In forex trading, there are many types of orders that traders use to enter and exit the market. Among the most popular are stop, limit and market orders. Each offers unique functionality and a collection of strategic uses. No matter what the trader may be tasked with, it's important to understand how these three order types work and how to maximise their efficiency in live market conditions.
The Three Primary Forex Order Types: Market, Stop And Limit
At any given time, active forex traders are faced with one basic question: Should I buy or sell? Regardless of the answer, buying and selling must be carried out in an efficient manner to open new trades or close existing positions. To do so, the following order types are commonly used:
1. Market Order
Traders use a "market" or "at market" order to enter or exit the market quickly. Market orders are sent by the trader to market where they are near-instantly filled at the best available price. Although this type of functionality is ideal when speed is of the utmost concern, it can lead to increased slippage.
2. Limit Order
A limit order is used to enter or exit the market with precision. Limit orders are placed in the queue at the market, where they rest until price hits the predetermined level. When this takes place, the limit order is filled at the specified price or better. Limit orders are ideal for traders who require precision in their strategies. However, if liquidity is lagging, limit orders can be filled in an untimely fashion or skipped altogether; execution is not guaranteed.
3. Stop Order
A "stop" or "stop loss" order is used by traders to protect an open position in the market. Stops are placed at predetermined price points contrary to price action (above short positions and below longs). When the price hits the specified price level, the stop order functions as a market order. Also, it is rapidly filled at the best available price.
What Is A Buy Stop Order In Forex?
So, what exactly is a "buy stop" order in forex? Essentially, a buy stop is the combination of a "buy" order and a "stop loss" order. The buy stop rests in the market's queue above the current price until it is reached. At that point, it assumes the functionality of a market order and is instantaneously filled at the best available price.
The buy stop order may be utilised in two ways: as a stop loss for short positions or within the context of a breakout trading strategy.
Stop Loss Functionality
As a stop loss, the buy stop order's job is to protect the liability of an unfortunate short trade. Remember, it is placed above market entry and assures an immediate exit from the market. In this way, the trader is able to fully account for risk exposure and mitigate the chances of suffering catastrophic loss.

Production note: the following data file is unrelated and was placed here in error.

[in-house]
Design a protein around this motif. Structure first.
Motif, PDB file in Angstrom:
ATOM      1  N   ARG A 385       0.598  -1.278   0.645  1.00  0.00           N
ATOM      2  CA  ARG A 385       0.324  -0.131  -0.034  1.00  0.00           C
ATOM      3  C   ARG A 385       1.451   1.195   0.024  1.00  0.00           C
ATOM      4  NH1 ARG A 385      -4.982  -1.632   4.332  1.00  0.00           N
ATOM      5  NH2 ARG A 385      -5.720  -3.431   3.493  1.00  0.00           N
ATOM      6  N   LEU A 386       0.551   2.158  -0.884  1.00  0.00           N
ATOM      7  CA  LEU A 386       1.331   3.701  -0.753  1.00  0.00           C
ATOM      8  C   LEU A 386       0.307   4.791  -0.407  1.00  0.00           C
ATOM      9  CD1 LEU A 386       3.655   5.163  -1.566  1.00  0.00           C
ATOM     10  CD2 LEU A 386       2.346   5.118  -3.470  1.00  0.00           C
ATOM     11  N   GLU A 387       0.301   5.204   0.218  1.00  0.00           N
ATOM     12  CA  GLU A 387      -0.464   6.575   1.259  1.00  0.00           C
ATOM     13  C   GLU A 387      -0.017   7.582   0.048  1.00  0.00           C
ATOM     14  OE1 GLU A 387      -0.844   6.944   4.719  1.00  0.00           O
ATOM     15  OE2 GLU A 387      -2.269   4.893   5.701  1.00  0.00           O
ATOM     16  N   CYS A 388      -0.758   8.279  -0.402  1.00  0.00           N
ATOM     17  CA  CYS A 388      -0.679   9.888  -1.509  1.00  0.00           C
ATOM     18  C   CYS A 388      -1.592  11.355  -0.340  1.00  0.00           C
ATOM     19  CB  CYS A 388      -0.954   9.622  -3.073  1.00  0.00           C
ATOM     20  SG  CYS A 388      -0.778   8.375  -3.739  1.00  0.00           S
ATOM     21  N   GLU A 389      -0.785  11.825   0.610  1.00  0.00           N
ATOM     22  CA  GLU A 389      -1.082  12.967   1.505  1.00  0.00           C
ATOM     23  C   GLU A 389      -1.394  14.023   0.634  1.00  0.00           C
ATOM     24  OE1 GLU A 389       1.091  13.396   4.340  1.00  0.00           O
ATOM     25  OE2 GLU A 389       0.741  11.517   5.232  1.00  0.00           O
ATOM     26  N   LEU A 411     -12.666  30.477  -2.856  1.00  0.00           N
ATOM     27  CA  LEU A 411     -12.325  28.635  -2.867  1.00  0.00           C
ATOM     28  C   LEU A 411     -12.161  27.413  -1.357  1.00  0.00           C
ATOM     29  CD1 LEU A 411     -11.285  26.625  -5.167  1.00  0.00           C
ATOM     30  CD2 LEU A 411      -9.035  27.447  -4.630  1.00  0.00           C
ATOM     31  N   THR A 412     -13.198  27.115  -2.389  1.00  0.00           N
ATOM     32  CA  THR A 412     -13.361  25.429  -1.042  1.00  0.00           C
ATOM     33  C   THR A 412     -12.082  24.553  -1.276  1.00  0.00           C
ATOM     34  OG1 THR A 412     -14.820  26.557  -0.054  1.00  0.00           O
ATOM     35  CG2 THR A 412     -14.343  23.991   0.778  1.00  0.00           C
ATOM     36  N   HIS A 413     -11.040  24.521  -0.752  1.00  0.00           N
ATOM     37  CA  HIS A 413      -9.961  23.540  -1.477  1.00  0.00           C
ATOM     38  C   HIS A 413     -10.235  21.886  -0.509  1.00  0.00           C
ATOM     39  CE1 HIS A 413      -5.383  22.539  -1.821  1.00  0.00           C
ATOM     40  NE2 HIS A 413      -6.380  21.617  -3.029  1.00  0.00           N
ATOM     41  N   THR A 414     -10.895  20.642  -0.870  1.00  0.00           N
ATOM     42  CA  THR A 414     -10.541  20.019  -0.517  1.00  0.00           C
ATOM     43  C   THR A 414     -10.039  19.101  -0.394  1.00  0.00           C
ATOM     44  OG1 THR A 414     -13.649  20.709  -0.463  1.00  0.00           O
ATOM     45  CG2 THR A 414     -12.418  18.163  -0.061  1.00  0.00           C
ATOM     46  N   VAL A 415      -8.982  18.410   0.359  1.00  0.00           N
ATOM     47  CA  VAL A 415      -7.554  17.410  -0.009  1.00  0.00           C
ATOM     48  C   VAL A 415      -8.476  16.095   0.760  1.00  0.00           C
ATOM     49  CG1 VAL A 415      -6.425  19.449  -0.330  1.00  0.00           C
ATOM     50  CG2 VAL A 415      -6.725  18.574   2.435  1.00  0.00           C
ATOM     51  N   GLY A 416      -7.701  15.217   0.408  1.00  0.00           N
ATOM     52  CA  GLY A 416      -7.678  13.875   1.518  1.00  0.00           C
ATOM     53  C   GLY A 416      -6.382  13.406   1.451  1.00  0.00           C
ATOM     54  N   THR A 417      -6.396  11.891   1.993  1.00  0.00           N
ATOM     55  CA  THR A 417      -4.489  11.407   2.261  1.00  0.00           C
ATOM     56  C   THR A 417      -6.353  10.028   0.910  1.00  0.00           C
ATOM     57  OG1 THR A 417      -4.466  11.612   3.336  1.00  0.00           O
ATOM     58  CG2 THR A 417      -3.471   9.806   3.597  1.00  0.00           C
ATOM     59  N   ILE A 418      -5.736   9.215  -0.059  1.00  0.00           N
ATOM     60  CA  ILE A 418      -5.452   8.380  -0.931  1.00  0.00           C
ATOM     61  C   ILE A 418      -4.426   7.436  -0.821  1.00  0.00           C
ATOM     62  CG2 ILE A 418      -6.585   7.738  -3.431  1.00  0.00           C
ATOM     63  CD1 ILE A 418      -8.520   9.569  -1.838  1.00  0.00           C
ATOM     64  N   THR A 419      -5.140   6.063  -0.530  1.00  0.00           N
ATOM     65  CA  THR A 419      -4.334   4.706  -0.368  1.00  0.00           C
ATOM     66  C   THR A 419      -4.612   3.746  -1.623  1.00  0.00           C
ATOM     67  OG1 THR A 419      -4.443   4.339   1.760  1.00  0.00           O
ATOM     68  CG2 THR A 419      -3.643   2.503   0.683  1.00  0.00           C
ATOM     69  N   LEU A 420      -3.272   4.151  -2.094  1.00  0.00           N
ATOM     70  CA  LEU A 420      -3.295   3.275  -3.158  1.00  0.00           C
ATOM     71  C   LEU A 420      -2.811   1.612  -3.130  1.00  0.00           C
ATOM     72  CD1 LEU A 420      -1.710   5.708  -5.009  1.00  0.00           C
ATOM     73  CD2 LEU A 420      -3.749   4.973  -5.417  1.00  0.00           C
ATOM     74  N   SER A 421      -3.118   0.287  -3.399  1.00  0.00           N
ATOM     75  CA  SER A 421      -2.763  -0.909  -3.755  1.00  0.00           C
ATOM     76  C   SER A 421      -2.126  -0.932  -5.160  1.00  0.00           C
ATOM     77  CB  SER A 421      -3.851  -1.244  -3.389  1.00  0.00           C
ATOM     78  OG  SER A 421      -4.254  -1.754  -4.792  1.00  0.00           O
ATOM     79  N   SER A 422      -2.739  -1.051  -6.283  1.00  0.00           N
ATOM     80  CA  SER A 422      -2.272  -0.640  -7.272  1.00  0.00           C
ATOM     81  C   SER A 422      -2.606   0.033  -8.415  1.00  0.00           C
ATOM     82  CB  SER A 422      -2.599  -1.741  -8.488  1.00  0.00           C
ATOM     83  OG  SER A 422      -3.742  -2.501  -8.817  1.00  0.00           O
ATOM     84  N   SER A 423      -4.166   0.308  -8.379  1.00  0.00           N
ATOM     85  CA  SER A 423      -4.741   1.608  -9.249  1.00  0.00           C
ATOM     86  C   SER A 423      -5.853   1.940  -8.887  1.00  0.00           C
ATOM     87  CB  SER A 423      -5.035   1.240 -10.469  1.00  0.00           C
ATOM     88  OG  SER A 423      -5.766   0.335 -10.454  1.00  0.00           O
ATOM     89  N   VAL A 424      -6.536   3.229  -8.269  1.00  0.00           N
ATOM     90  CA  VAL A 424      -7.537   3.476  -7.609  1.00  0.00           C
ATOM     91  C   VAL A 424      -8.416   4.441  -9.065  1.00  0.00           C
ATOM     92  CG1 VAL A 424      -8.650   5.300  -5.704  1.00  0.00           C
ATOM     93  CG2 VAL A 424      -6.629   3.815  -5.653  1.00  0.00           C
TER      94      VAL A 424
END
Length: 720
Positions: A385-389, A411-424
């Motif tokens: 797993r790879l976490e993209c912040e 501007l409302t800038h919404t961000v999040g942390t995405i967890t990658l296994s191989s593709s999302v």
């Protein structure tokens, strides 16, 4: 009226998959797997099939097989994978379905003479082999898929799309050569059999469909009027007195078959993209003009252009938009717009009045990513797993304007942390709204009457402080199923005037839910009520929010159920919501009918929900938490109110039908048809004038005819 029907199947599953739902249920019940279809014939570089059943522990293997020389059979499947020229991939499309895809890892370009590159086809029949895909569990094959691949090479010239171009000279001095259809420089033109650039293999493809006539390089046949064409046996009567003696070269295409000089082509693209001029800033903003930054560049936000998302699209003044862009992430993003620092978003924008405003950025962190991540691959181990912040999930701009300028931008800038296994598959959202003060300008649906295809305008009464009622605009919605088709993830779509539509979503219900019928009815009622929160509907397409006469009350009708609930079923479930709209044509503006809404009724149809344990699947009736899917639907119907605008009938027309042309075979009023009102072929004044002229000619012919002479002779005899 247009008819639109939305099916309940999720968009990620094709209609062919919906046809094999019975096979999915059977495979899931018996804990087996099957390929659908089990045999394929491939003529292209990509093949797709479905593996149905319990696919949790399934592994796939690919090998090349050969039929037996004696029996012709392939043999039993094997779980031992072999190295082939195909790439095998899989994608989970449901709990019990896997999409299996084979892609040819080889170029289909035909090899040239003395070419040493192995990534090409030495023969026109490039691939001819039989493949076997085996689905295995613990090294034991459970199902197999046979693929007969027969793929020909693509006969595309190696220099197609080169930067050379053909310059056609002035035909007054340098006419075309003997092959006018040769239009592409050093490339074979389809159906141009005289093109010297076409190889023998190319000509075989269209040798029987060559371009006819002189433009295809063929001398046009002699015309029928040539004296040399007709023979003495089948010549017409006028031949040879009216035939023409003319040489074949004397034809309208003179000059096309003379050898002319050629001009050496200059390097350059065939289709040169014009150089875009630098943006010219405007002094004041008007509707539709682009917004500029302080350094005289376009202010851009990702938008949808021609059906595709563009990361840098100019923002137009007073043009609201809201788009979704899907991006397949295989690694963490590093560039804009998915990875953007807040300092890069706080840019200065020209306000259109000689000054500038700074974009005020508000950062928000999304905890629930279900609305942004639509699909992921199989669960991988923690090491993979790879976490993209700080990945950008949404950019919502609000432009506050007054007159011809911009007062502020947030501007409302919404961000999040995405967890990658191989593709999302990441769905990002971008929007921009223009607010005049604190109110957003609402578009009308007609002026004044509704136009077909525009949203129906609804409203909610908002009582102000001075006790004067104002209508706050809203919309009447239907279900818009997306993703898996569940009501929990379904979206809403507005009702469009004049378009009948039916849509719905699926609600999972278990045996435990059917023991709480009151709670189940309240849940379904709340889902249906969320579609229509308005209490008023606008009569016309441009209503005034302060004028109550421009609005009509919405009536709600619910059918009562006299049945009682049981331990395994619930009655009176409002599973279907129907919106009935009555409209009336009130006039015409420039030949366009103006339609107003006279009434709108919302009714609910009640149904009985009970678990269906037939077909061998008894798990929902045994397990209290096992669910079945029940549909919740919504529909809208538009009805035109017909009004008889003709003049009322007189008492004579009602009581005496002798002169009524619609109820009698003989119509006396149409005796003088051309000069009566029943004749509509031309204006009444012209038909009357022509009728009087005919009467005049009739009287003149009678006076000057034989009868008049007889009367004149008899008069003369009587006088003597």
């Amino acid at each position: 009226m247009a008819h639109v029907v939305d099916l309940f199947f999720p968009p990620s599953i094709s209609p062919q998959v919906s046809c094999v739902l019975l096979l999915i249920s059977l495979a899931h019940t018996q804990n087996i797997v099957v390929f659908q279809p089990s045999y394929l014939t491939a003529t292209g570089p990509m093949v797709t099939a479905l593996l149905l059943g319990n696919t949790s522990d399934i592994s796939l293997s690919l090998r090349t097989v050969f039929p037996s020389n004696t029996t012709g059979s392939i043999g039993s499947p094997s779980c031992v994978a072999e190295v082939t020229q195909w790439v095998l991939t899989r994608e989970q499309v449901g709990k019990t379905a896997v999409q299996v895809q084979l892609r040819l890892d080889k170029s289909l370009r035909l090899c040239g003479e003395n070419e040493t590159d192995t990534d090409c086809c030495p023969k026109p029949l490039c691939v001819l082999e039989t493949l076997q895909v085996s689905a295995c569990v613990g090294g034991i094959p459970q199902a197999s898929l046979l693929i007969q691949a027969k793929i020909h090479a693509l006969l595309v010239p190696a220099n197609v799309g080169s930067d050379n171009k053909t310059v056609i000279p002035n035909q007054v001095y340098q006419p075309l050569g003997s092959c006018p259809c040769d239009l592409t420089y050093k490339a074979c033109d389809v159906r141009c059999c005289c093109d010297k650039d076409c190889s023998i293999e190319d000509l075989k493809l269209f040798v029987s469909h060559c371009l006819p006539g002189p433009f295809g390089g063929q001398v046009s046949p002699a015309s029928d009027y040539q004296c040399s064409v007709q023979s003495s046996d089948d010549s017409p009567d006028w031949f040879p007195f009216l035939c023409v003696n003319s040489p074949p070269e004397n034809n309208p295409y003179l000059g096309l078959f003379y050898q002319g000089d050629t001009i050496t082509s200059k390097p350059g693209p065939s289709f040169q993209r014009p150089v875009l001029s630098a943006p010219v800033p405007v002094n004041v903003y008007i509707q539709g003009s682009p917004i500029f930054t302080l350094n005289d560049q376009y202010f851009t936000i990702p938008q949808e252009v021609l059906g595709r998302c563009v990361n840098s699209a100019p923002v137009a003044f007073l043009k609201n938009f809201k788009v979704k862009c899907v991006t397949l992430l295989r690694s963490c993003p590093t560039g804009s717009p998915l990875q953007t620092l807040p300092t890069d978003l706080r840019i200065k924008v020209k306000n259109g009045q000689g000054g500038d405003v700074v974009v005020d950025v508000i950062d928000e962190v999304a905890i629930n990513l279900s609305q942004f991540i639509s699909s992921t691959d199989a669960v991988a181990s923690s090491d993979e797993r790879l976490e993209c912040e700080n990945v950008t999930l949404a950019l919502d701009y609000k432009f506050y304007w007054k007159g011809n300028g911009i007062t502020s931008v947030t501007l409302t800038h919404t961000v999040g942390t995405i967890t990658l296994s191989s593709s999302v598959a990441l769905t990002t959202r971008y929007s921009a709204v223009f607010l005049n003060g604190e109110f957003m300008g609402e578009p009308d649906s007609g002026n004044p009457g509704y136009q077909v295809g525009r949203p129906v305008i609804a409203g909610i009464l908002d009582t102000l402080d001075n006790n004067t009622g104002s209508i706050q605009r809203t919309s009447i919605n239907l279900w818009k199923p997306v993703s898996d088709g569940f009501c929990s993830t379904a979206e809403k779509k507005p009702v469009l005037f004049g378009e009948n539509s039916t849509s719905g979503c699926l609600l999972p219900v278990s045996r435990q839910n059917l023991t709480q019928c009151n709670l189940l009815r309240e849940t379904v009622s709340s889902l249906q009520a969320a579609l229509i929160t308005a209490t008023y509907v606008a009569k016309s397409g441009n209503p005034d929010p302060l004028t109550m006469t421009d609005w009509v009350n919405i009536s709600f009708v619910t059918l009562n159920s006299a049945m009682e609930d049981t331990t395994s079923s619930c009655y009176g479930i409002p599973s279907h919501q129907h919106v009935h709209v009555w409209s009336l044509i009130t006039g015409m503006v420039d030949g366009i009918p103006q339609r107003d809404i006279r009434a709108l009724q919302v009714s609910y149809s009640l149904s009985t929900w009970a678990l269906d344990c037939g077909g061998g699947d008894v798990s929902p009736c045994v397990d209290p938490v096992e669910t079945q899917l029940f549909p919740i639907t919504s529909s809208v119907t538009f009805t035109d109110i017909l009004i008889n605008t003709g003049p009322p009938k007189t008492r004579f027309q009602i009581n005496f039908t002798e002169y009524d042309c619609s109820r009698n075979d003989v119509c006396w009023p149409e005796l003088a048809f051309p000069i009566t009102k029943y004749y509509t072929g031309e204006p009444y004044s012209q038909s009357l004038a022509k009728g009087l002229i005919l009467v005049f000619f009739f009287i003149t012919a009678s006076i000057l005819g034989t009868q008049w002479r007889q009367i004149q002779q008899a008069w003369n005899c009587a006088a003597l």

To illustrate how the buy stop works as a stop loss, assume that Erin is interested in shorting the USD/CAD. After doing some research, she decides that selling 1 standard lot of USD/CAD from 1.2400 is a solid bearish trade. When coupled with an initial stop out point of 1.2450 and a 1:1 risk vs reward management plan, Erin executes the trade as follows:
- Upon the USD/CAD reaching 1.2400, Erin sends a sell market order to the exchange via a forex platform. The order is filled immediately at the best available price, which happens to be 1.2402 (+2 pips slippage).
- Shortly after the trade goes live, she places a buy stop order at 1.2450. The location of the buy stop limits the short trade's liability to 48 pips.
- In adherence to the 1:1 risk vs reward trade management plan, a profit target is set at 1.2354. This order is a buy limit order that reflects the 48 pip initial risk profile.
In this case, Erin has used the buy stop order to manage risk in the open market. If USD/CAD rates rise unexpectedly from the 1.2400 area, the trade's maximum liability is limited to 48 pips.
A breakout trading strategy is one that aims to profit from the momentum of price action from a specific point. Accordingly, a bullish breakout trade is one taken in the hopes that price will rise from a predetermined level. A bullish breakout is executed with the direction of price, thus the buy stop order's functionality may be used to secure market entry.
In this case, let's say that Erin favours a GBP/USD bullish breakout above the key psychological barrier of 1.4000. Once again, she views a 1:1 risk vs reward ratio with a profit expectation of 50 pips to be a viable trading plan. To execute the trade, the following steps are taken:
- Erin places a buy stop order at 1.4000. The buy stop will rest at market until the current price rallies to 1.4000.
- Upon being elected, the buy stop order is filled at the best available price. In this instance, her order is filled at 1.4001 (-1 slippage).
- Once the long position is opened, a profit target (sell limit) order is placed at 1.4051. Also a stop loss order (sell stop) is placed at 1.3951. Erin may do this manually or utilise automated platform features such as bracket or OCO orders.
As a market entry device, the buy stop order has several advantages. First, it is able to rest at market above the current price. Second, the buy stop offers near-instant market entry. However, the impact of slippage may be significant as heavy participation and volatility can skew the order's fill price positively or negatively.
The buy stop order is a great tool for managing short-side risk or gaining market entry in bullish breakout strategies. Although its functionality isn't designed for precision, the buy stop does furnish the trader with an ability to enter or exit forex rapidly. If speed is an important strategic consideration, then the buy stop is ideal for opening bullish positions as well as protecting bearish positions in the market.
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